I do want to leave you with an important note – BOZ constants are not integers! They are, as Fortran 2008 finally nailed down, a sequence of bits whose interpretation depends on their context.

But what about ‘h’? Has it or had it a meaning in a format?

Hollerith constants.



Even more fun, you can READ into a H edit descriptor in a FORMAT! (At least, you could in F66 and many compilers still support this today.)

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Can’t imagine any case where this might be useful …

It was used for reading titles for reports. This was before CHARACTER - you would have something like 40H (and 40 blanks), then do a read of a card with this format. The next 40 characters would replace the blanks in the H format, and you could then write with that format later and get the title.

D:\Projects>type test.f90
read (*,101)
101 format (20H12345678901234567890)
write (*,101)
D:\Projects>ifort test.f90
Intel(R) Fortran Intel(R) 64 Compiler Classic for applications running on Intel(R) 64, Version 2021.2.0 Build 20210228_000000
Copyright (C) 1985-2021 Intel Corporation.  All rights reserved.

Microsoft (R) Incremental Linker Version 14.28.29913.0
Copyright (C) Microsoft Corporation.  All rights reserved.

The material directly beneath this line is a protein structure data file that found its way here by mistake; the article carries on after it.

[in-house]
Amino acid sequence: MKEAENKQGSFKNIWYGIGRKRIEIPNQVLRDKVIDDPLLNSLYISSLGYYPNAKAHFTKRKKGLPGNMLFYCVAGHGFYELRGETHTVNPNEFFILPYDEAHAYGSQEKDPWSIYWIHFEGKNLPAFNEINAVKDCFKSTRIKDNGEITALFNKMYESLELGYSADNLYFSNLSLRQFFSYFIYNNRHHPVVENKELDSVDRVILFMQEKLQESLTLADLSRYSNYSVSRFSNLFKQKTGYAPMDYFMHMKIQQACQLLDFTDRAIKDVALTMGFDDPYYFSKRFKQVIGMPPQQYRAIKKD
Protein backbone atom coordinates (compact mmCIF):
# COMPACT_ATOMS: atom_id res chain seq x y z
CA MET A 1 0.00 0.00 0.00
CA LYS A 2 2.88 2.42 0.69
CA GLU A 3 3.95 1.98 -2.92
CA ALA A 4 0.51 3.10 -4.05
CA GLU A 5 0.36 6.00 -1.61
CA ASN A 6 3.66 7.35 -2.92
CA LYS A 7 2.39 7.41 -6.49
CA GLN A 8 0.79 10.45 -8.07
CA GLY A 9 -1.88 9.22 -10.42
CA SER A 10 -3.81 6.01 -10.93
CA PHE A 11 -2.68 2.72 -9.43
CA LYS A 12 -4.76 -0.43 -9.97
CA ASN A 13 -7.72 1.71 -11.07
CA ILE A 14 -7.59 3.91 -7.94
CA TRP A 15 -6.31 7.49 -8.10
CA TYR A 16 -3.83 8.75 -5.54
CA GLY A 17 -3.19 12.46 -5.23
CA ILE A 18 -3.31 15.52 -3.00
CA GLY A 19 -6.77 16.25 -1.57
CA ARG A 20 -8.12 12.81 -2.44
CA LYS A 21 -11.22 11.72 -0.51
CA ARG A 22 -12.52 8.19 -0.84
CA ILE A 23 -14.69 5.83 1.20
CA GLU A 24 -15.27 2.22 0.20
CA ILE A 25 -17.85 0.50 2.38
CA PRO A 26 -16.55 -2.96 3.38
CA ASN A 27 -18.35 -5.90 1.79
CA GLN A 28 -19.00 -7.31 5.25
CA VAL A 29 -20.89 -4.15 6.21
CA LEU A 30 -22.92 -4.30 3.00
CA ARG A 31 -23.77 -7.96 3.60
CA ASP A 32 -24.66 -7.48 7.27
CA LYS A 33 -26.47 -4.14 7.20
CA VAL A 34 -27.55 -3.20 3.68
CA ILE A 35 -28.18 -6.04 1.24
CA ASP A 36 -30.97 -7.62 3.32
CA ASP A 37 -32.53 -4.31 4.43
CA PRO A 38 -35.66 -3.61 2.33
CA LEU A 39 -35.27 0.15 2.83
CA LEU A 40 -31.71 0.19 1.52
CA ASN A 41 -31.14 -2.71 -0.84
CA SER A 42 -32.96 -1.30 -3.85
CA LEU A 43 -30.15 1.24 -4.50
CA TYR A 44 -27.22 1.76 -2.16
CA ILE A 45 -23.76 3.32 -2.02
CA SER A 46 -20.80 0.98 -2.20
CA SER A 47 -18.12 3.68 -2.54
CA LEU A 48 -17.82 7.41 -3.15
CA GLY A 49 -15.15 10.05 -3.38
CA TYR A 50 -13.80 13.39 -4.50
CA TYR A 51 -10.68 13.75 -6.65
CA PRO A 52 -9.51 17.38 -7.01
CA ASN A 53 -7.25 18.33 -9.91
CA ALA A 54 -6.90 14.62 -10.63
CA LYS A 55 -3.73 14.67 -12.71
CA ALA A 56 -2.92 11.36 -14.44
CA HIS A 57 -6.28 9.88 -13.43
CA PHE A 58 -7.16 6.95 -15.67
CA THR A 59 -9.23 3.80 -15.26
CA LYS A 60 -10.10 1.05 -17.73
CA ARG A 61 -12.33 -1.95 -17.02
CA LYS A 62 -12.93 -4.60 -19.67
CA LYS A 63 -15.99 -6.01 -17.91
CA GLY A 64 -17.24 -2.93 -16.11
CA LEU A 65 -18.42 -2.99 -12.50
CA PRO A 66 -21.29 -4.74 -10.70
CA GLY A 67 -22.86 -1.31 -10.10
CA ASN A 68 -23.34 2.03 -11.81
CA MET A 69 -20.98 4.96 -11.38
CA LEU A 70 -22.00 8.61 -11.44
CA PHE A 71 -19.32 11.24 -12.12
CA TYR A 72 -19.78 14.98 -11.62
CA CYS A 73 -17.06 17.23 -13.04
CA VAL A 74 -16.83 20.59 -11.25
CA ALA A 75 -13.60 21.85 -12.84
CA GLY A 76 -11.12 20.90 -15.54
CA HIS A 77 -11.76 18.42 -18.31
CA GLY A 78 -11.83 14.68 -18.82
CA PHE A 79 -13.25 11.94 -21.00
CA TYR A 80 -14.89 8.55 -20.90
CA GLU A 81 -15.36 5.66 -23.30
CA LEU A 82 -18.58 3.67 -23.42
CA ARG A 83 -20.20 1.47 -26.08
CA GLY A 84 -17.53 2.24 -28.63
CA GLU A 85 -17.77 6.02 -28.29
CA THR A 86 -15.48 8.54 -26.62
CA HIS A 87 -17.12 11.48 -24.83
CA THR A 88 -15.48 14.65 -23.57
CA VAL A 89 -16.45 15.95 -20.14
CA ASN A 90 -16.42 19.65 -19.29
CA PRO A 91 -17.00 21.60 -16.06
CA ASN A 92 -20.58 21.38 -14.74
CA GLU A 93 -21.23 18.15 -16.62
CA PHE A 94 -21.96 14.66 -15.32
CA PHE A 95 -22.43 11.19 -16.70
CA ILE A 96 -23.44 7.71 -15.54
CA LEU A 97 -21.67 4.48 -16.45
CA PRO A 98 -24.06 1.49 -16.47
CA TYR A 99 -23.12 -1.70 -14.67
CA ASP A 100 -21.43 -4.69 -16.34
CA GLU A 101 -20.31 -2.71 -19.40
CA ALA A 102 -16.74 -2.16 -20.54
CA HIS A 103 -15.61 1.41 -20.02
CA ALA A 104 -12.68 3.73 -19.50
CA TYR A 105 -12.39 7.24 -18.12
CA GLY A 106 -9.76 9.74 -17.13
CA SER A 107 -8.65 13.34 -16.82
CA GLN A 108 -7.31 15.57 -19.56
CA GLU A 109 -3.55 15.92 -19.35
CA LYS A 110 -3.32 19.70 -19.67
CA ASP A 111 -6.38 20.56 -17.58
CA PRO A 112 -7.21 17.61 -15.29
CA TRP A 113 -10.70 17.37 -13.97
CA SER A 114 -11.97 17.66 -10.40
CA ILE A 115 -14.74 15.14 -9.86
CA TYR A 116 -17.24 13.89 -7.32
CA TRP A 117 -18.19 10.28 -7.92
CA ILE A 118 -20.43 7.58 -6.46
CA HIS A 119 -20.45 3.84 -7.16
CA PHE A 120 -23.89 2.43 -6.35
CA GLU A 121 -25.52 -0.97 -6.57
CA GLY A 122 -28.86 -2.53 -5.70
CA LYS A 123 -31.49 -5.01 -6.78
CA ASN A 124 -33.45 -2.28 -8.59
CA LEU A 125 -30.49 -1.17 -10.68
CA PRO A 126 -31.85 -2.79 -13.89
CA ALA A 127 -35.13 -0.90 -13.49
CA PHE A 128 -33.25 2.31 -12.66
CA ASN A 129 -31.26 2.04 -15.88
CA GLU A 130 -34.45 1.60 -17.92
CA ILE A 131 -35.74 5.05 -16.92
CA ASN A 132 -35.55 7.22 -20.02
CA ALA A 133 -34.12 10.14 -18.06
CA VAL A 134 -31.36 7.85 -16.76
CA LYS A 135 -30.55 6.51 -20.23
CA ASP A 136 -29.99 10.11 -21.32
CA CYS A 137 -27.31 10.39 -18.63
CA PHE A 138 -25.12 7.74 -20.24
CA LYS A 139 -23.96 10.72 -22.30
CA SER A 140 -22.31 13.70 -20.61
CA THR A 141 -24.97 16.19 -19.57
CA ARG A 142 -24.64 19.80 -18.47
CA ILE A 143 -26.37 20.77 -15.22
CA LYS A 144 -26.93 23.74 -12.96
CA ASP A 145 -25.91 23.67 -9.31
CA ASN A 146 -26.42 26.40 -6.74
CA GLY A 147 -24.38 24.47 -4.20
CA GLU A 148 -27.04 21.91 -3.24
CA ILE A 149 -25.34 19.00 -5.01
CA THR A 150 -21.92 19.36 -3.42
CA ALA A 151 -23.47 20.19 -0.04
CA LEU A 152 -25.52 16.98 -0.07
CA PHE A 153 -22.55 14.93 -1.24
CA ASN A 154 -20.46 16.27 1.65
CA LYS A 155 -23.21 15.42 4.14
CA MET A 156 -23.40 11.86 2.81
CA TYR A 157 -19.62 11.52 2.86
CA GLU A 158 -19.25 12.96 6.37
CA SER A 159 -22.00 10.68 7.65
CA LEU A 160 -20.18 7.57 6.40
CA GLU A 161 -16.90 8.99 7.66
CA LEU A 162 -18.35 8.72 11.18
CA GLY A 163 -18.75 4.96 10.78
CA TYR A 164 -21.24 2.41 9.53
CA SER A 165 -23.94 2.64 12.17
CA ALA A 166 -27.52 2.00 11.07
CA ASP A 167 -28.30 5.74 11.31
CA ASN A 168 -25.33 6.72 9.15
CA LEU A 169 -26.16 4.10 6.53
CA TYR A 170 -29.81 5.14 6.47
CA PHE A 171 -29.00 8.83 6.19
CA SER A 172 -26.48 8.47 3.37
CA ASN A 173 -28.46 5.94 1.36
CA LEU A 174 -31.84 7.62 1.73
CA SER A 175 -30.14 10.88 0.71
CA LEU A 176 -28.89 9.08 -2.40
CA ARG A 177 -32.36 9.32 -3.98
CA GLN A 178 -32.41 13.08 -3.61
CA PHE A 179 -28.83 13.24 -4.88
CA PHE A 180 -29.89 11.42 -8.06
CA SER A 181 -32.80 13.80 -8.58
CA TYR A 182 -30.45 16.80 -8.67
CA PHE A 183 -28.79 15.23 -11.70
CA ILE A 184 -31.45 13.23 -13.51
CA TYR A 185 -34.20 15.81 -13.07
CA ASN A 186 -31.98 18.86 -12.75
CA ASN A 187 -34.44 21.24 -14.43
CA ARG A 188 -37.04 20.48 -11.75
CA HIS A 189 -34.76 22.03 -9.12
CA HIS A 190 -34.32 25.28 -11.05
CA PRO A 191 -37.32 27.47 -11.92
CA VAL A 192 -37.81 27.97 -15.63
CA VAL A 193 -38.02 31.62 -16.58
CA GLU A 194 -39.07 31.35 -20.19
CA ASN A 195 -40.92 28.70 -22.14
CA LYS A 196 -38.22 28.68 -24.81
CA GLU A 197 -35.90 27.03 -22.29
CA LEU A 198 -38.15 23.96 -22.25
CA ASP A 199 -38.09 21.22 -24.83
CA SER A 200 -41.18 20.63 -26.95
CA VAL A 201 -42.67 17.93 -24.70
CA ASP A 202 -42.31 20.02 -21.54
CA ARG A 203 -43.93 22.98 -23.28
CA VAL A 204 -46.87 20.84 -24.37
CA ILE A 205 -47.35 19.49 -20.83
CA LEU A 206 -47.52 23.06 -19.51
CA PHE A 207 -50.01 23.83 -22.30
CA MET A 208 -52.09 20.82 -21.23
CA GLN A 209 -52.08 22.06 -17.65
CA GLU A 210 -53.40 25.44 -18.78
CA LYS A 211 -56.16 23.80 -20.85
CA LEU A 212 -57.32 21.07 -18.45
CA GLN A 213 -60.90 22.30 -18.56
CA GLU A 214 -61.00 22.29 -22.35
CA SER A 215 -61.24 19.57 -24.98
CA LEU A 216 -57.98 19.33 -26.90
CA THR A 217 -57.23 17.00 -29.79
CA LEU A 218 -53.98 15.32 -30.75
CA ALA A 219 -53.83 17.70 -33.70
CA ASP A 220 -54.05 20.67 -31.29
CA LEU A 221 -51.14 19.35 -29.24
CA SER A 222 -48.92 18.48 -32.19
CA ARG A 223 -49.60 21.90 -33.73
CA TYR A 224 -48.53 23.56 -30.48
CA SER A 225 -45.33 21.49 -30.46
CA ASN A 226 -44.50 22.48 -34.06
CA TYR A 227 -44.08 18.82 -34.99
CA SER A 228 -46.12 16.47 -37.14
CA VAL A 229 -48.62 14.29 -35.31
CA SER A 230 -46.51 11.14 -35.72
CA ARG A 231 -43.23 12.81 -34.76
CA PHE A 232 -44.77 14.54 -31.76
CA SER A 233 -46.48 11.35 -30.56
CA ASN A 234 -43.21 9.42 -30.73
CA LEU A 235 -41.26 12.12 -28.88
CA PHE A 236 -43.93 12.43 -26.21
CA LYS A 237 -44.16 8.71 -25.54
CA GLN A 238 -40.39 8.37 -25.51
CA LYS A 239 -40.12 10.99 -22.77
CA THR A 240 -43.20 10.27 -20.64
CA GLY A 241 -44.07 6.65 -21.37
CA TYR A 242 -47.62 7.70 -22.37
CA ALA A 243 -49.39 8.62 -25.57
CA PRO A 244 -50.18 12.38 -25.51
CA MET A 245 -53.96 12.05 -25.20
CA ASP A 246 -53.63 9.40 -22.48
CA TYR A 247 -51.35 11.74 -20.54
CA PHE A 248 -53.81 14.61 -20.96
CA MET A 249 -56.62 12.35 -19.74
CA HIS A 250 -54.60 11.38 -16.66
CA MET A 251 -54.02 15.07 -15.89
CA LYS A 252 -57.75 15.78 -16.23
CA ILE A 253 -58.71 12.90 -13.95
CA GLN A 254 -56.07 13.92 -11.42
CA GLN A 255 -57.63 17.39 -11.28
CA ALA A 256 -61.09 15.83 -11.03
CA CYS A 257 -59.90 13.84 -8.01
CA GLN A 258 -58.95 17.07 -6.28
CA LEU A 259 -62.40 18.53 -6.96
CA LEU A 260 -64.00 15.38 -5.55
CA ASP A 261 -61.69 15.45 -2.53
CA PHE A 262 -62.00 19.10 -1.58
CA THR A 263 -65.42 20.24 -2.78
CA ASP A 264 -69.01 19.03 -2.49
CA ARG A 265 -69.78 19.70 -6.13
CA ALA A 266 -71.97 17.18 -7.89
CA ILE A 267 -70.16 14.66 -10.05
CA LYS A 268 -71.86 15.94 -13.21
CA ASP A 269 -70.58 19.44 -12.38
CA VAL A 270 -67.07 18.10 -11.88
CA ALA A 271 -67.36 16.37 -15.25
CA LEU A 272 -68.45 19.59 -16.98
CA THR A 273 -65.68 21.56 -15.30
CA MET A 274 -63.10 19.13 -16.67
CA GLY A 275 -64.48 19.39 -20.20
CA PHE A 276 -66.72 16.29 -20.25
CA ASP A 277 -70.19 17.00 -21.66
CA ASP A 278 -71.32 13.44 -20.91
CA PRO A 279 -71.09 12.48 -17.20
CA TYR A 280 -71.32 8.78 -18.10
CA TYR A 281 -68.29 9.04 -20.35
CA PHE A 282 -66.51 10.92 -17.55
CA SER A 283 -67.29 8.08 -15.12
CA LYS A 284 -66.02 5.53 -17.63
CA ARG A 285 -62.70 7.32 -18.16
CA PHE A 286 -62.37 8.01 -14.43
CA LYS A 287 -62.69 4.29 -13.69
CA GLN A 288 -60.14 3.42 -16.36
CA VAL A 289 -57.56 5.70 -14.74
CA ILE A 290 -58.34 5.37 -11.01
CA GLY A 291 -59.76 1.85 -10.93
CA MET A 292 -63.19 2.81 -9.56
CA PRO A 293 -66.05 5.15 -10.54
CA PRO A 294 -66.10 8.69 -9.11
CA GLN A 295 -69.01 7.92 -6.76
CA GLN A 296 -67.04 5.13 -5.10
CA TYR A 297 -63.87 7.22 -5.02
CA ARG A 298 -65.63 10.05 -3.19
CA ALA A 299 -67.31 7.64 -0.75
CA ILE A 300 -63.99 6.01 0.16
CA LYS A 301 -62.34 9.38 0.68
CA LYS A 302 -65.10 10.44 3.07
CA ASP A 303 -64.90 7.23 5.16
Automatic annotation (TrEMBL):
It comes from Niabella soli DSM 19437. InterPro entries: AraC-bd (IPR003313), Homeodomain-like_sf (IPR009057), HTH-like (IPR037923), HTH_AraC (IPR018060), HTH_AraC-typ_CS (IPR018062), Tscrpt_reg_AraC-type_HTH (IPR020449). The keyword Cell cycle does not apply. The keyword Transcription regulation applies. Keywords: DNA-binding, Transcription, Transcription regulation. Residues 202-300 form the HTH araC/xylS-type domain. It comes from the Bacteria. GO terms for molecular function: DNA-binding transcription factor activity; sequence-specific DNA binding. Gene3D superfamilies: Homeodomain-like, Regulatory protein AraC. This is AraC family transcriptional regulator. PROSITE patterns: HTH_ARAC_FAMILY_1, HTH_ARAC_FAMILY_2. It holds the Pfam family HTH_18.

Hello World!
Hello World!

The Format specifier for converting a numeric value to a Hexadecimal output is Z. (The X format specifier was already taken for a different purpose.) Just speculation, but that might have had something to do with using Z (and, in particular, NOT using X) as part of the syntax for literal constants.

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I asked the same question a long time ago. Lew Ondis II, who had been using Fortran for years when he wrote the ACM request “On behalf of FORTRAN” in 1965 and called it a commonly used language then (which might be a surprise to some peoples’ idea of the timeline of Fortran) said there was a long enough discussion about it that everyone was getting tired of it, and that “H” and “ABCDEF” and all the other letters in use had been eliminated when it almost became “S” for sixteen, but the way the strongest proponent pronounced it (“sechsteen”) sounded enough like an English Z that someone jokingly said “then ‘Z’ it is”; and someone else said “yeah, what else would we use ‘Z’ for?”. Unfortunately, he is no longer around so I am not totally sure if he was teasing or not after all these years. Quotes were not commonly used at that time by the way, so H was reserved for "Hollerith"s for those who wonder about “H” being in use, as it is rarely used today. There were few other languages in use (not sure what ALGOL had anymore) so comparing to other languages today ends up not being relevant. Either way, I have remembered that it is “Z” for “Zixteen” ever since.


Thanks @urbanjost for that story! So I was right, it’s for fun! Finally boz is quite like GNU…

Maybe a German computer scientist? And he could have been pleased with the Z, like Konrad Zuse with its Z1, Z2, Z3, Z4… Note also that in German, hexadecimal is Hexadezimalsystem.
Some other prefixes and suffixes are cited in that page (but no z…):

Verbreitete Schreibweisen sind: 72_{16}, 72_{hex}, 72h, 72H, 72_H, 0x72, $72, "72 und X’72’, wobei das Präfix 0x und das Suffix h insbesondere in der Programmierung und technischen Informatik Verwendung finden.